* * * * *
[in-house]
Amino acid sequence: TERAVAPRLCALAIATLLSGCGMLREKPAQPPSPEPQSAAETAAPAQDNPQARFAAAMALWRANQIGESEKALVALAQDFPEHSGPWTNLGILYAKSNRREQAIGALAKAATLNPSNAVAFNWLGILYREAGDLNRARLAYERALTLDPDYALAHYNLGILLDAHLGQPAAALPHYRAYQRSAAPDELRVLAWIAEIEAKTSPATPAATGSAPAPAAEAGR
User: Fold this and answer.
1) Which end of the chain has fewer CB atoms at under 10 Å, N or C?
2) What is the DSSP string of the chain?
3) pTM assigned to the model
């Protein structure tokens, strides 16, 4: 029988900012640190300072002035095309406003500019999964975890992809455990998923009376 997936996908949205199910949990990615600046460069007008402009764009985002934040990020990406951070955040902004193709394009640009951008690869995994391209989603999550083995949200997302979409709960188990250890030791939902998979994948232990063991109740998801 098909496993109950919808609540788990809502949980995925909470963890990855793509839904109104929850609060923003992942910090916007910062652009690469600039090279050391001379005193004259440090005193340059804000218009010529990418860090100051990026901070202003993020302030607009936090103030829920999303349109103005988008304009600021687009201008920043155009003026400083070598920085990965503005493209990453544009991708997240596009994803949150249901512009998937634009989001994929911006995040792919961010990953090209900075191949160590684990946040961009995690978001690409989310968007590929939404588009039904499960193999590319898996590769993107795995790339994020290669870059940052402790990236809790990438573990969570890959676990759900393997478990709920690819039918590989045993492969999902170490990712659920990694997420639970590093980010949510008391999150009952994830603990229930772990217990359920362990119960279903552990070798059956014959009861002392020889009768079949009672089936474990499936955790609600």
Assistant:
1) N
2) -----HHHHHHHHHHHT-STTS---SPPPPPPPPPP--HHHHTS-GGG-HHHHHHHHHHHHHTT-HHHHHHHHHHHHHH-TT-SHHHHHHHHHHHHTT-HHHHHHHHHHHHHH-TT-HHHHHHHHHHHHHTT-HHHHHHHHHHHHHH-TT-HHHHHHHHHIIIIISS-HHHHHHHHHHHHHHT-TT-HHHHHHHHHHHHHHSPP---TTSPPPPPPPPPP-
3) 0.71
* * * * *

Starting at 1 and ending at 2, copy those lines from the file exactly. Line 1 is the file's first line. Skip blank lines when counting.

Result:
[in-house]
Amino acid sequence: TERAVAPRLCALAIATLLSGCGMLREKPAQPPSPEPQSAAETAAPAQDNPQARFAAAMALWRANQIGESEKALVALAQDFPEHSGPWTNLGILYAKSNRREQAIGALAKAATLNPSNAVAFNWLGILYREAGDLNRARLAYERALTLDPDYALAHYNLGILLDAHLGQPAAALPHYRAYQRSAAPDELRVLAWIAEIEAKTSPATPAATGSAPAPAAEAGR